Fasten your seatbelts because I'm going to reveal Doug's biggest, deepest, darkest secret … he has Poland Syndrome. Dave (from Houston) go ahead and hit the delete key unless you've always wondered why Doug's shirts fit funny, why he's been walking with a limp for several years, and why he's faster on one tack than the other.
Poland Syndrome (PS) is a rare birth defect with varying degrees of severity and didn't even have a name until 1962 (when Doug was 12). This blog post does a great job of explaining it and showing pictures which are very similar to Doug. Doug has a mild case in that he is only missing his entire left pectoral muscle (sternal and clavicular head), has a smaller and weaker left arm and has mildly limited left arm rotation. Think about that for a second … how many things do you do when sailing that requires the use of your pectoral muscle? Pulling in the main, pulling on and releasing every sail control, steering, getting on the centerboard to right a capsized boat, launching a dolly, stepping the mast, loading and unloading a boat from a trailer. It's a fairly comprehensive list.
Having PS has meant that Doug has a lifetime of experience in accepting that he is physically incapable of doing some things in the same way as others and must therefore think outside the box and look for ways to adapt and overcome. Since Doug is a two time Laser Masters' World Champion and the only US sailor to have ever won both a Master and Grand Master World Championship, I'd say that he's adapted and overcome quite well. Hopefully, that statement will come off as encouraging to those with this condition and not as bragging.
I'm writing about this for a few reasons. First, and foremost, I’m seeking input for a specific issue from anyone in the medical field or with personal experience with this condition. Secondly, it's to provide a means of reaching out and connecting with others with this condition who, like Doug, have only recently learned the name of what they have and why they are different.
From my research, it appears that most people hide this condition and have never been officially diagnosed. Throughout Doug's lifetime, until several years ago, most doctors have simply looked at his chest and said 'well how about that' completely stumped as to what they were seeing. Doug learned the name of this when I started doing research and then he confirmed it with his doctor when he had his left rotator cuff issue a couple of years ago.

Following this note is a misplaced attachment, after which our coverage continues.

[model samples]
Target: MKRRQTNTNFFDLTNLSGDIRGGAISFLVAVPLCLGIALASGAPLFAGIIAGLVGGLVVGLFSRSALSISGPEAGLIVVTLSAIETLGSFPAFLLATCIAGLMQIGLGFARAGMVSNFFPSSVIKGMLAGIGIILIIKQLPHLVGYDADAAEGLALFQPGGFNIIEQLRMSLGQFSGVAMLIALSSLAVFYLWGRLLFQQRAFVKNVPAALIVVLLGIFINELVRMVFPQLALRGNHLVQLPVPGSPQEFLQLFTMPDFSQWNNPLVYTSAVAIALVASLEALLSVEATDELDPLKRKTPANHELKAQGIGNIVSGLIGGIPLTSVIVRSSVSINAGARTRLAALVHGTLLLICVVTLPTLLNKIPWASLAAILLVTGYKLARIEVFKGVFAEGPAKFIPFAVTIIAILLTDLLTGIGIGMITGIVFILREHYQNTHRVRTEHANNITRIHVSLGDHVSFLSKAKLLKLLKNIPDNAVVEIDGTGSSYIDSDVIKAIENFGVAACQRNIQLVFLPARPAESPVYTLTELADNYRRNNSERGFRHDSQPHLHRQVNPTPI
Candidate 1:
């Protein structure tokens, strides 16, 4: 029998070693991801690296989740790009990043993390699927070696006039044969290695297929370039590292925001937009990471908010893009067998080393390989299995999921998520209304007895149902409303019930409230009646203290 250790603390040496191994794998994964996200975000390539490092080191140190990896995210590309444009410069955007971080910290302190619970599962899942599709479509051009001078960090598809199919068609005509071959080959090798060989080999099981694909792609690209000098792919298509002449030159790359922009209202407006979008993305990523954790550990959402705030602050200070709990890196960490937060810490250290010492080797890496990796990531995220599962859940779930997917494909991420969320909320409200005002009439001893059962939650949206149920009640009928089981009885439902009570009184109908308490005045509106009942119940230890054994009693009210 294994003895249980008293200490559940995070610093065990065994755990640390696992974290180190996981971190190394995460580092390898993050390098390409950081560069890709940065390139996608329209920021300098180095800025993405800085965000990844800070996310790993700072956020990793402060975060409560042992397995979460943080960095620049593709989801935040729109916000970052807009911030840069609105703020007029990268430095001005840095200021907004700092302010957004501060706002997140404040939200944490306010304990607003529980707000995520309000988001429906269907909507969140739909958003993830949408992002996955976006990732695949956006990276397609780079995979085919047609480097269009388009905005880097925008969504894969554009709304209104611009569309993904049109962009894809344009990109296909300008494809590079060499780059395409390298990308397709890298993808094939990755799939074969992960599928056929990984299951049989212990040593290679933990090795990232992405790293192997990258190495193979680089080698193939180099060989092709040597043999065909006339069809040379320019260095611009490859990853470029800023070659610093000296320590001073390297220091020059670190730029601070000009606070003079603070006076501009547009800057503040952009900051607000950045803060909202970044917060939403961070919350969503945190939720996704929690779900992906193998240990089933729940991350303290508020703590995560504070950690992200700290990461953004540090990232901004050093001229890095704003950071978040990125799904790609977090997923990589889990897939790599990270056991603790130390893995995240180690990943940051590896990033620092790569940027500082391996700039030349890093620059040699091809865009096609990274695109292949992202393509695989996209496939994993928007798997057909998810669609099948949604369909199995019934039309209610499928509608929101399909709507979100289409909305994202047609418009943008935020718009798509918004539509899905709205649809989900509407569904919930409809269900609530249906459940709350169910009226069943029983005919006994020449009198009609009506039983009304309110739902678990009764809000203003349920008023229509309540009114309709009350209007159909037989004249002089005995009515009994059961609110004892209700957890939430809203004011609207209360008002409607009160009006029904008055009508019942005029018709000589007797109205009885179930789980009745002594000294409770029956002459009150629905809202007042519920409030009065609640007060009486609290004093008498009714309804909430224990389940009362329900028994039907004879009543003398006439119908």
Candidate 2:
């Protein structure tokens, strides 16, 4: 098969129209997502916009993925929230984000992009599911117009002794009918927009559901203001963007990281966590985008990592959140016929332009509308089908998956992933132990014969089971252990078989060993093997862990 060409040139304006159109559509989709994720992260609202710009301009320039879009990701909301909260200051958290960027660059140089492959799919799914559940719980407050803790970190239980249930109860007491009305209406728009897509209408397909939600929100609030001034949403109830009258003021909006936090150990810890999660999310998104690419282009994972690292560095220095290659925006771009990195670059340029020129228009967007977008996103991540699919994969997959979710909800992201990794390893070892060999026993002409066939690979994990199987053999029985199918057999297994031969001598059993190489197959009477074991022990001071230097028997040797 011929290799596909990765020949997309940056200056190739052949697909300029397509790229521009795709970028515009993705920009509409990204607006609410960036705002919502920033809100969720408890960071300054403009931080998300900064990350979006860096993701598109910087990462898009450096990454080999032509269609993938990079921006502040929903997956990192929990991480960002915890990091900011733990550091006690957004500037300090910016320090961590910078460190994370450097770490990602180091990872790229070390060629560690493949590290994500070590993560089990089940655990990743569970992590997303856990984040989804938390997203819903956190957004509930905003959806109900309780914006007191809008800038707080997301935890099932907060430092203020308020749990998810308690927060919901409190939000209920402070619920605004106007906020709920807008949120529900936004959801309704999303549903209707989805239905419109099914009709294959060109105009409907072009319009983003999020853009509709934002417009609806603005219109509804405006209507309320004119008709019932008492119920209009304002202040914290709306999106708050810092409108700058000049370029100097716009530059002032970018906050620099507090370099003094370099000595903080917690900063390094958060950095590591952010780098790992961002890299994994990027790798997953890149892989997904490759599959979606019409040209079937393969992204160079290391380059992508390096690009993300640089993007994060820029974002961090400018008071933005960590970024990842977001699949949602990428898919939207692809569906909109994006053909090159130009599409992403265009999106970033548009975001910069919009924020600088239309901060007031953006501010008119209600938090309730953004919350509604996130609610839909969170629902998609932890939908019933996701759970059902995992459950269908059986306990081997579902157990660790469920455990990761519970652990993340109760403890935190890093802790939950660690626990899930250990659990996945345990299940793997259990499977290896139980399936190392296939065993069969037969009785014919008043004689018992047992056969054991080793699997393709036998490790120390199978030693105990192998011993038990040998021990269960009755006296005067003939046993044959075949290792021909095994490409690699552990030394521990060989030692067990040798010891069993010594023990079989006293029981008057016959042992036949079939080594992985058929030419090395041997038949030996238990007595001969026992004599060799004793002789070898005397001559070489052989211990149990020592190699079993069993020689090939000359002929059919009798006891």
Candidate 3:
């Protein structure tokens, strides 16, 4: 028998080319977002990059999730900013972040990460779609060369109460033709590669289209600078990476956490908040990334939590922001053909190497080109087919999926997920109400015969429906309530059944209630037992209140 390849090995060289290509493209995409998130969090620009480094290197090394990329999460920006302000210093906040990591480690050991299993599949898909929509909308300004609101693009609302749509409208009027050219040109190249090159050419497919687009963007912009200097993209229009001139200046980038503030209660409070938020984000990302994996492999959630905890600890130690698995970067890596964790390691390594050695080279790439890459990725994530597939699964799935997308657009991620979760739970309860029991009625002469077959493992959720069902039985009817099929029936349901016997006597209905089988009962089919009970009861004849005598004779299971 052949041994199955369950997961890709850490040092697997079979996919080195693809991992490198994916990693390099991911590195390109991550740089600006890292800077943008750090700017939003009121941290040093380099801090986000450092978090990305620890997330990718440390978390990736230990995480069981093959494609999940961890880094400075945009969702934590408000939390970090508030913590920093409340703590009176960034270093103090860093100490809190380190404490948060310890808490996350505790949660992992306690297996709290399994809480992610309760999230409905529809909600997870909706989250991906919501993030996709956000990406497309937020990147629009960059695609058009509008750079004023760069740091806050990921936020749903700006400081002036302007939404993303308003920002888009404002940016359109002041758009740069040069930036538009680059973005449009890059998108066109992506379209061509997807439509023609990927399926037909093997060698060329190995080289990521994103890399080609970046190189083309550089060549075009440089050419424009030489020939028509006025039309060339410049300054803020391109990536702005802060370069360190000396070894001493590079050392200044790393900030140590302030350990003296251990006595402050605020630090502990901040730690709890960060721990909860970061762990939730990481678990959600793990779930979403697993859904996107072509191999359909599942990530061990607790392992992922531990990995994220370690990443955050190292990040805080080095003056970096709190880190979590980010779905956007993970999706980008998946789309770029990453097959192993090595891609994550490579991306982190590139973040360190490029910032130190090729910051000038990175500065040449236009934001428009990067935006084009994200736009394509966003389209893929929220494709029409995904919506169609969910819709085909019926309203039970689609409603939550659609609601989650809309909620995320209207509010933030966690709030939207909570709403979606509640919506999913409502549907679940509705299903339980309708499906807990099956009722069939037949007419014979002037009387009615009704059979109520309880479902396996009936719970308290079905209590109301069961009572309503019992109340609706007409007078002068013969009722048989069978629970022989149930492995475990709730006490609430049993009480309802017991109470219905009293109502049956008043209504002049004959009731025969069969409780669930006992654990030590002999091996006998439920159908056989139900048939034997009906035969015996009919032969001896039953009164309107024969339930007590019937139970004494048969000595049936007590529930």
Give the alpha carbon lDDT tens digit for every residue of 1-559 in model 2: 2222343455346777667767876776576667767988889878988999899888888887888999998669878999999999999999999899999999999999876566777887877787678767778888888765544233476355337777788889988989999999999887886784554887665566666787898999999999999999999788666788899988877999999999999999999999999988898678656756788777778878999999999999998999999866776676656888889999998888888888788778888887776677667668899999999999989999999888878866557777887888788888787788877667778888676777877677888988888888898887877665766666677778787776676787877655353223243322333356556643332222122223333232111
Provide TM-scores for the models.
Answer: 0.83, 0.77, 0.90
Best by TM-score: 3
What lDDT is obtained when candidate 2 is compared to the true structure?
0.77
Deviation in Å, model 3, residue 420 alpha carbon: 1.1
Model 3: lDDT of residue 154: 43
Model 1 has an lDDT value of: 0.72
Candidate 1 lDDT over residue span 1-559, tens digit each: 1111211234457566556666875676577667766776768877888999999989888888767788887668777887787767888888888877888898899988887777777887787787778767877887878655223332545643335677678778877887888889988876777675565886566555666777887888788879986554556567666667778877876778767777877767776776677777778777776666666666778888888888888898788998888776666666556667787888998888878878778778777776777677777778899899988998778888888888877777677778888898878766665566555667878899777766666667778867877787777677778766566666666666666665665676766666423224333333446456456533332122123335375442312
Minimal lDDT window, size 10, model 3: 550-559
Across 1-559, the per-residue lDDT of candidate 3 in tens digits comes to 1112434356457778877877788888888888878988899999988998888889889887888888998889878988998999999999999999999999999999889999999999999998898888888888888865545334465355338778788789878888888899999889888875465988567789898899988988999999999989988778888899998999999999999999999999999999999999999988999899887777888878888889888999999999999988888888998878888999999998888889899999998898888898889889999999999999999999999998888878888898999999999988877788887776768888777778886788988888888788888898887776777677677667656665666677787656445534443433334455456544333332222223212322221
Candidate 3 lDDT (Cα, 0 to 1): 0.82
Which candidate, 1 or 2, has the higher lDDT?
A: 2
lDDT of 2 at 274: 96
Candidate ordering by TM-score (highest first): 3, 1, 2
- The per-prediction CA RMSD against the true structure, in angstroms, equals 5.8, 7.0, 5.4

Three notable athletes with this syndrome, two of which, have the rarer left pectoral muscle missing as opposed to the more common right, are: 1) French boxing, Olympic silver and bronze medalist, Jérôme Thomas; 2) Spanish Formula 1, two-time World Champion, Fernando Alonso; and 3) American golfer, PGA Tour winner, Bryce Molder. I've seen pictures on the Internet of Jérôme and Fernando without their shirts and it appears they have some muscle tissue (clavicular head) which Doug does not have.
I first learned about this shortly after meeting Doug when he was trying to encourage me in sailing. I'm fairly petite and was convinced that I was not strong enough to sail a Laser (I'd only tried a full rig) so he challenged me to an arm wrestling match with my strongest left arm. With a small effort, I beat him and was convinced he let me win only to learn that he had not. That's just how weak his left arm is. So, for all those sailors over the years who have come to his aid when they noticed him struggling to step a mast in a breeze, lift a boat onto a trailer, drag his dolly out of the water after a windy series, get back on the docks after falling in the water, or right a capsized boat … he genuinely needed and appreciated the helping hand.
After Hyères, and watching Doug struggle in those conditions … and after he had lost 30 pounds a few years ago when doing the food combining I had suggested ... and after he has been unable to put any weight back on for years now, I felt compelled to take matters into my own hands. Armed with the knowledge from one college weight lifting class, my trusty book, "Strong Women Stay Young" and my nifty Internet research skills, I've taken on the task of becoming his personal trainer. After all, very few doctors or trainers know anything about PS and its limitations, so why not jump in and see what I can do.
This is where I need input (ideas, personal experience, anatomy knowledge, etc.). My goal is to add about 10 to 15 pounds of muscle primarily to Doug's upper body in time for the Worlds in Canada in June 2015 (don't laugh). Because he has always been lopsided, he has avoided doing any upper body exercises except for arm strength because he didn't want to emphasize the lopsidedness. So, my task is to figure out which muscles are there and build the heck out of them and, so far, they're building pretty fast since he's never worked them before.
I started with measurements of everything and an evaluation of physical movement. Doug is 64 years old and never knew he had limited rotation of his left arm until I had him go through the motions (without weights) of two lifts using proper form. Sure enough, the left side has restricted movement. I'm not going to post pictures of Doug without his shirt but this image is very similar to what Doug looks like with his arm raised. I'm most concerned about that stringy tendon looking thing that connects his arm to his body. That part is exactly like what Doug has.
In two weeks, using only two slow lifting exercises targeted for his shoulders and back with 10 and 15 pound weights, we've improved his posture, added 1 inch to his chest measurement and 3 inches to his shoulder/chest circumference measurement. Clearly, building muscle isn't going to be a problem despite his age but doing it slowly and without injury is going to be the challenge.